Jon Holman is a San Francisco-based recruiter who has hired roughly 40 general partners and five times as many CEOs in his nearly 30-year career. His clients include Accel Partners, Lightspeed Venture Partners, Mayfield Fund and Opus Capital, among about 50 others. Earlier today, we spoke about the venture industry, how quickly it’s contracting and where many VCs may next find themselves.
Yesterday, a reader seemed to take issue with the word “exodus” to describe what’s happening in the venture industry right now. But it does seem like many more VCs are leaving the industry than joining it or finding homes at other firms. What are you seeing?
There’s a lot of movement; there’s no doubt about that — except “exodus” implies that they are leaving by choice, and that’s not generally the case. It’s not just 10 or 20 or 30 people who are looking for new jobs. A lot of people have to find something new to do.
This isn’t the first time that the population of VCs will go down, but this will be the biggest percentage. And they’ll all have to go somewhere.
Is anyone hiring?
I’m doing one GP search. Highland [Capital Partners] has been doing a GP search for a year now. But it has to be a group of firms you could count on one hand [that are hiring], which, by the way, I think is good. There’ve been way too many people and way too much money in the industry in recent years. Of course, that doesn’t mean it isn’t painful.
Are VCs still trying to land other jobs in the industry or do most recognize the writing on the wall?
I’m still getting a lot of calls from VCs who either want to leave the firms they’re with or have already left the firms they were with. I’m probably hearing from three times as many people as a year or two ago. That fact that there aren’t a lot of VC jobs doesn’t mean there are none. And a lot of VCs have had successful lives, so they don’t throw in the towel easily.
I literally don’t know of anyone who hasn’t first spent a lot of time trying to find something else in VC before saying, nah, this isn’t happening.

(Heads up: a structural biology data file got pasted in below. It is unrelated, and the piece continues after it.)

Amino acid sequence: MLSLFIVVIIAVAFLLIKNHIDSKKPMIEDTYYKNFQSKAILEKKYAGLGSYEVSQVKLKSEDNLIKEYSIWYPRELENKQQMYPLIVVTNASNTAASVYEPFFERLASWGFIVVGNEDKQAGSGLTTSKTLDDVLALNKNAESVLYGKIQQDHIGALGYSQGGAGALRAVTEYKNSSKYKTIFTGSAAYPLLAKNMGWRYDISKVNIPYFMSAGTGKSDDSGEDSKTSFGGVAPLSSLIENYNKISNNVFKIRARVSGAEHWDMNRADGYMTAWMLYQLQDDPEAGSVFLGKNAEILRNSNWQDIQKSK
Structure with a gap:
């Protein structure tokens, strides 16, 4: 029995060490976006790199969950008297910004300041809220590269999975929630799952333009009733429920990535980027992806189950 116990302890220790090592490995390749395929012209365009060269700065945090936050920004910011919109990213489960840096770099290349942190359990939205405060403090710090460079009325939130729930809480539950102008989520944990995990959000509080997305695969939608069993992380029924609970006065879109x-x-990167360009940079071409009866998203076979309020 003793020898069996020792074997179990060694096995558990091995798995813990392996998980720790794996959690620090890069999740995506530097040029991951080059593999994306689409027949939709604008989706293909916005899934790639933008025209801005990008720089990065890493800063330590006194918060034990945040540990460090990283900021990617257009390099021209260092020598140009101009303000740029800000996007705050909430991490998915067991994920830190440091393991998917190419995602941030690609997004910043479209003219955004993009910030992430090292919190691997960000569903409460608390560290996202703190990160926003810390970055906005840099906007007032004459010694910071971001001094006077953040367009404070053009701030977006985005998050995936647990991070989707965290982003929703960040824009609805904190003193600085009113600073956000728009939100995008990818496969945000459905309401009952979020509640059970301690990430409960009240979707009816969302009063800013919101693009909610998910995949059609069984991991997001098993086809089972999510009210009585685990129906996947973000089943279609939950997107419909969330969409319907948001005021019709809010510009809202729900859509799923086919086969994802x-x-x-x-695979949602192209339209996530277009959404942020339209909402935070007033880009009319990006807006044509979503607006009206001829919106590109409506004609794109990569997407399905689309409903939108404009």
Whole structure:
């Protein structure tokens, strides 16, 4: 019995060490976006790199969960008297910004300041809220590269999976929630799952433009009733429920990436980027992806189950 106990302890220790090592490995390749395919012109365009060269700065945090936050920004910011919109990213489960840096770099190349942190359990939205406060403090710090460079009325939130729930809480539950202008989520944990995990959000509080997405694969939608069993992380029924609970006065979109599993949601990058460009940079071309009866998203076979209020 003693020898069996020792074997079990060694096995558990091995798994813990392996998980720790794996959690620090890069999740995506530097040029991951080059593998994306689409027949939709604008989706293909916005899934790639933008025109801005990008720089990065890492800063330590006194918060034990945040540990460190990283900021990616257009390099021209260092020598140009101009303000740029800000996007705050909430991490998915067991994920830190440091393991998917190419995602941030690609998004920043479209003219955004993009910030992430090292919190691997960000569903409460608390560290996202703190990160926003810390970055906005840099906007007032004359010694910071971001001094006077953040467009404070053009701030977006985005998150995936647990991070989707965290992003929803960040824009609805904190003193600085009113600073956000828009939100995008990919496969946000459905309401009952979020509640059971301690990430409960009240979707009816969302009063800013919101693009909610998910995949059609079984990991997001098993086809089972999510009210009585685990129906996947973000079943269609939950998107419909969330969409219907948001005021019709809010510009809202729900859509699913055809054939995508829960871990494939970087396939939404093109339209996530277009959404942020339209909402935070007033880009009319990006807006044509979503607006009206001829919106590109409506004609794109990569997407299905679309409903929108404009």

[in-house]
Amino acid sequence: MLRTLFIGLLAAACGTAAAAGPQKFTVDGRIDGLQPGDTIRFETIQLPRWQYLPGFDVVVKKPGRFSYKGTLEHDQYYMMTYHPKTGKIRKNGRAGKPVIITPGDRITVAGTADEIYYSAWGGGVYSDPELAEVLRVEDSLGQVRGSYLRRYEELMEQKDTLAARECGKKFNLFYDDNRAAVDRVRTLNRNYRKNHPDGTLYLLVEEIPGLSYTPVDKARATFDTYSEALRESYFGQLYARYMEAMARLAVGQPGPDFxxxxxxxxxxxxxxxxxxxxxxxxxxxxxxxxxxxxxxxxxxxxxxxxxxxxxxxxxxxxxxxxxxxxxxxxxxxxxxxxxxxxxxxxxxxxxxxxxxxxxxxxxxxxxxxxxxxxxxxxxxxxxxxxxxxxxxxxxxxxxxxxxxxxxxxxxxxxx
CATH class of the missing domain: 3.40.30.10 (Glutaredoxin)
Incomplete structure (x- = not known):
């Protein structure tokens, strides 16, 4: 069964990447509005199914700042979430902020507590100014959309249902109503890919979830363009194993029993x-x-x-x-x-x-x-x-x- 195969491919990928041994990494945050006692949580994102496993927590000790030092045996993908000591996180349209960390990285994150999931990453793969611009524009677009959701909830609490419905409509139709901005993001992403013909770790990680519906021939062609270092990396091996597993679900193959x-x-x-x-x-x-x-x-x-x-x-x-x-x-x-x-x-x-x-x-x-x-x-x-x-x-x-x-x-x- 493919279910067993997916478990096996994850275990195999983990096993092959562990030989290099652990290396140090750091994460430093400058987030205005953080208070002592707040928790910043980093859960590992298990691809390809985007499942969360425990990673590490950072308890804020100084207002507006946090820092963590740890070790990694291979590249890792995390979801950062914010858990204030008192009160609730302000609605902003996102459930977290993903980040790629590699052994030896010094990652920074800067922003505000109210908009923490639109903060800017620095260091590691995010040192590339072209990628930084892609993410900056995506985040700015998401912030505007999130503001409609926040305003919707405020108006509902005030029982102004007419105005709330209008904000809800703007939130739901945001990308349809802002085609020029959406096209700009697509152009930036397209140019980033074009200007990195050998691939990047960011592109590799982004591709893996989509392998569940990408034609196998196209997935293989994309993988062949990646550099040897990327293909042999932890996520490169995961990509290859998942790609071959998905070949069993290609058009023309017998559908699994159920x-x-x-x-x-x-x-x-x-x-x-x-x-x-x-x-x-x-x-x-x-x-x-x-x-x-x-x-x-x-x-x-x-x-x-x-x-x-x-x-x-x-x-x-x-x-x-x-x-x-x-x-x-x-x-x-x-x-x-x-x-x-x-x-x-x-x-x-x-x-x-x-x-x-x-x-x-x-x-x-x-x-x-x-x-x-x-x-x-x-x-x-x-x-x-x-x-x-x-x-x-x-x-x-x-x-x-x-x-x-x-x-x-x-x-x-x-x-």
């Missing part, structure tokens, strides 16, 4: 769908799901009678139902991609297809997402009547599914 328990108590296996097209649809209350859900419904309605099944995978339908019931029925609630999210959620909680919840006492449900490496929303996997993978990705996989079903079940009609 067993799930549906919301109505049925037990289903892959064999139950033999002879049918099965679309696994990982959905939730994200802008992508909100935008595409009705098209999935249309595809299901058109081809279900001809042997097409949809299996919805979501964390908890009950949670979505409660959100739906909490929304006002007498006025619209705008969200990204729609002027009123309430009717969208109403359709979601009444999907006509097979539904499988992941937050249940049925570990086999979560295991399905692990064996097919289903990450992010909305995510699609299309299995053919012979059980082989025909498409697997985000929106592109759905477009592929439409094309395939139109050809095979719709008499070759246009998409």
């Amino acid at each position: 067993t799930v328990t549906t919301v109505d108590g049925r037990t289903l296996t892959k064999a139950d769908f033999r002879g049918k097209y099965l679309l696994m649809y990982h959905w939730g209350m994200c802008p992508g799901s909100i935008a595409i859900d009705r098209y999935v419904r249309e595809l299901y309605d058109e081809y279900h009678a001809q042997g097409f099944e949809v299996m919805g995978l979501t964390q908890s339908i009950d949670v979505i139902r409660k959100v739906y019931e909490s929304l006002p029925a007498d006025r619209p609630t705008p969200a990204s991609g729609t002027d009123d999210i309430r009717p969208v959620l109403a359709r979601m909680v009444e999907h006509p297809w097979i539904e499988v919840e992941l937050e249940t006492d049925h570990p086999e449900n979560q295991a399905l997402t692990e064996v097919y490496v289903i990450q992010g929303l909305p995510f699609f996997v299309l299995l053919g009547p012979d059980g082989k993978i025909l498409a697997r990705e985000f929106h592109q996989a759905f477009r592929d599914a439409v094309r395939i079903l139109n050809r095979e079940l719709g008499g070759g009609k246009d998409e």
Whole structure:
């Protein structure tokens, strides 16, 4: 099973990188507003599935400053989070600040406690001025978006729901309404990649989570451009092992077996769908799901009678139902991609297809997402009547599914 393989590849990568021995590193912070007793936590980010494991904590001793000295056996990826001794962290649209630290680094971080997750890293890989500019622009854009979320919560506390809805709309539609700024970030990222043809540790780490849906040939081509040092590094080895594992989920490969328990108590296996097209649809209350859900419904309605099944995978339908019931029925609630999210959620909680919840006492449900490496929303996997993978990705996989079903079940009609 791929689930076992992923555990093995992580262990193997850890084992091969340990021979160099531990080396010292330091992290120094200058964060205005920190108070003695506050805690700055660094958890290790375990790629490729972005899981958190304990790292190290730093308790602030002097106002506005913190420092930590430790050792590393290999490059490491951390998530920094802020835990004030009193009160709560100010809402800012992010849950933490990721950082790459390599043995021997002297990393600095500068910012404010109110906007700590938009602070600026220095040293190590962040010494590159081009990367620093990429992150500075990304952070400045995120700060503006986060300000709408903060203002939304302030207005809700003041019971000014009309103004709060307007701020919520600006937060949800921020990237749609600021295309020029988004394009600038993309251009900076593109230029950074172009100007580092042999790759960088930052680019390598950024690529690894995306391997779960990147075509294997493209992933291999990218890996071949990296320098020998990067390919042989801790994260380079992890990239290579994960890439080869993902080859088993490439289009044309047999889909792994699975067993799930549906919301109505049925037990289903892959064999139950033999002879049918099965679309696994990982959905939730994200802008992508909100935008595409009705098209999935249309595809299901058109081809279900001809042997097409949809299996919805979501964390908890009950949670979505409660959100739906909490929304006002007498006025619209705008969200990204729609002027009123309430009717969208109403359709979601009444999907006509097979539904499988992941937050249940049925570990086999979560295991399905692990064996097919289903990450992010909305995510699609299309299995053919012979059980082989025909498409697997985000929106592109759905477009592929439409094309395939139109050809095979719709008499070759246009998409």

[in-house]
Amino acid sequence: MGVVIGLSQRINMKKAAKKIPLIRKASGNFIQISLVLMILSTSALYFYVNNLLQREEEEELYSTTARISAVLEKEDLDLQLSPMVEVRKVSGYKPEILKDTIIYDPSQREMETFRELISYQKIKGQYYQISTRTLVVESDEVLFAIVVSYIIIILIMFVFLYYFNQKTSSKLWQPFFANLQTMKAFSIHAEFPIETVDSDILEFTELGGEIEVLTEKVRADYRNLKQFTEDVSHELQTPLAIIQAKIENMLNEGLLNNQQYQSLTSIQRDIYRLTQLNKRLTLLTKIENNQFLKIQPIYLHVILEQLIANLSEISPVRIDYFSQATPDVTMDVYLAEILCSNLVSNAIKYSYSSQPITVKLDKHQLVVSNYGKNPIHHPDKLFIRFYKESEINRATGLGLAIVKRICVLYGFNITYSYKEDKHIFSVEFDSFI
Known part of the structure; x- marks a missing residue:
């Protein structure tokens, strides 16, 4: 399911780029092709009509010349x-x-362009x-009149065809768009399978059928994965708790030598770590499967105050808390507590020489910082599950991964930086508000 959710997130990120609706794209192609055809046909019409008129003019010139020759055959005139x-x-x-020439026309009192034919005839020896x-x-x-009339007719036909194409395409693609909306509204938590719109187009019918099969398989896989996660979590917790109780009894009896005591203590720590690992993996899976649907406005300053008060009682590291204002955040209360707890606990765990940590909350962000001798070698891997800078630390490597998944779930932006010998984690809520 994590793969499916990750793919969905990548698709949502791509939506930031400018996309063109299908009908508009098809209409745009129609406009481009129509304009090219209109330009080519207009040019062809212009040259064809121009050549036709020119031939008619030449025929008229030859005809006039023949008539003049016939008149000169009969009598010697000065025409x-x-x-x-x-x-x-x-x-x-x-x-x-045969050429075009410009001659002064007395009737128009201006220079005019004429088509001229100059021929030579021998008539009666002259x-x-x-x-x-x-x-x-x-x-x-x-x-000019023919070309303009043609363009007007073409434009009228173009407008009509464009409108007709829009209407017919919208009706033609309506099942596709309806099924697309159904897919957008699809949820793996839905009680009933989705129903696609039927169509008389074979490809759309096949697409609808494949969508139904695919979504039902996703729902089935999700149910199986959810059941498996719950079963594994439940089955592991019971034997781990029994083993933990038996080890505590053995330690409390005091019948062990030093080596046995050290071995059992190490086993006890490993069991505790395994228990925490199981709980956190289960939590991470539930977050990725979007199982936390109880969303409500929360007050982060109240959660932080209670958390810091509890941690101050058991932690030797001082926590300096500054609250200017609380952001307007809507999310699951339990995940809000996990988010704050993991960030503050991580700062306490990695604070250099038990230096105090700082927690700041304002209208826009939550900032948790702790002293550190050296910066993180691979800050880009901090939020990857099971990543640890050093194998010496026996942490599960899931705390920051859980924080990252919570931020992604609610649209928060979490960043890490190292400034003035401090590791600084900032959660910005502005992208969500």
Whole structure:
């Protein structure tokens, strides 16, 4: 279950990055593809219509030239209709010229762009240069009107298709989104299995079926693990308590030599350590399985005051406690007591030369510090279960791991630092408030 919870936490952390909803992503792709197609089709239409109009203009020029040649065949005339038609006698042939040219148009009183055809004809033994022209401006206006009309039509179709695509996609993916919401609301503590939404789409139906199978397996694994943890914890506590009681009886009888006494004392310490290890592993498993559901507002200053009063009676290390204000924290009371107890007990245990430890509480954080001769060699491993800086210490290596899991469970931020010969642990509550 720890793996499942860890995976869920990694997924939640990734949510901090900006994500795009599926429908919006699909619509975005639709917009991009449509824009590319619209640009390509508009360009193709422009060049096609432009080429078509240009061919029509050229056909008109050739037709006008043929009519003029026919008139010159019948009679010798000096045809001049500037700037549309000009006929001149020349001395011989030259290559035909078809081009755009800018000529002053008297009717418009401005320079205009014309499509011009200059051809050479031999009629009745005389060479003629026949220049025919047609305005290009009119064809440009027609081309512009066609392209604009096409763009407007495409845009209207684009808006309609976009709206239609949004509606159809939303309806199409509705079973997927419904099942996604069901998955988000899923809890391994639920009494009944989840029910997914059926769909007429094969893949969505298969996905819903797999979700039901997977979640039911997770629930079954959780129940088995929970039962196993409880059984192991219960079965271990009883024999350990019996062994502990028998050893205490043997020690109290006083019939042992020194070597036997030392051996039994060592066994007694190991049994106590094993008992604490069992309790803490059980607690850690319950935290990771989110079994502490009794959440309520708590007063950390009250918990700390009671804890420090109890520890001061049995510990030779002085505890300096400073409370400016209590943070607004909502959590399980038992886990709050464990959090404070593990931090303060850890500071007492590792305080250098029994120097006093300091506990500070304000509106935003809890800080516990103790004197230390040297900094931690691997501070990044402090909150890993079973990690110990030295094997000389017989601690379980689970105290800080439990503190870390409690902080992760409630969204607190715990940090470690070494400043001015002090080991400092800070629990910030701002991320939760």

Some seem to be starting their own companies, like Sim Simeonov, who just left Polaris Ventures to form a startup advisory. Is that becoming a more natural path?
It depends on what they were before. If they came out of Stanford’s business school and went directly into VC, there’s no special reason to think that they’d be good entrepreneurs. I don’t think most VCs without operating experience are going to leave the industry and try to go and start a company. That said, I think inevitably there will be many more people starting their own companies than we’ve already seen.
Where else will we see VCs land?
Some people from second-tier firms might wind up in other firms without a partner title, or as venture partners instead of general partners or in some hybrid relationship that’s somewhere in between.
Others whose firms have done later-stage investing might join buyout kinds of things, like Paul Bartlett [long a GP at the Sprout Group who joined Rho Venture Partners in 2007 to focus on late-stage and growth equity deals]. There’s some of that.
But many of them will attempt to work with entrepreneurs, putting in angel money if they have it, or finding people to put in angel money. I think that’s the most obvious way to go.
You make it sound like these transitions have yet to come. Where are we in the whole downsizing process?
For all the upset we’ve already seen, we’re probably relatively early in the stages of people getting out of VC. Someone could know now they can’t raise another fund, but they could have another year or two of things to do in the industry before they’re forced to find something else. A lot of funds raised in 2000 are coming to the end of their lives. All the people in those firms are going to have to go elsewhere.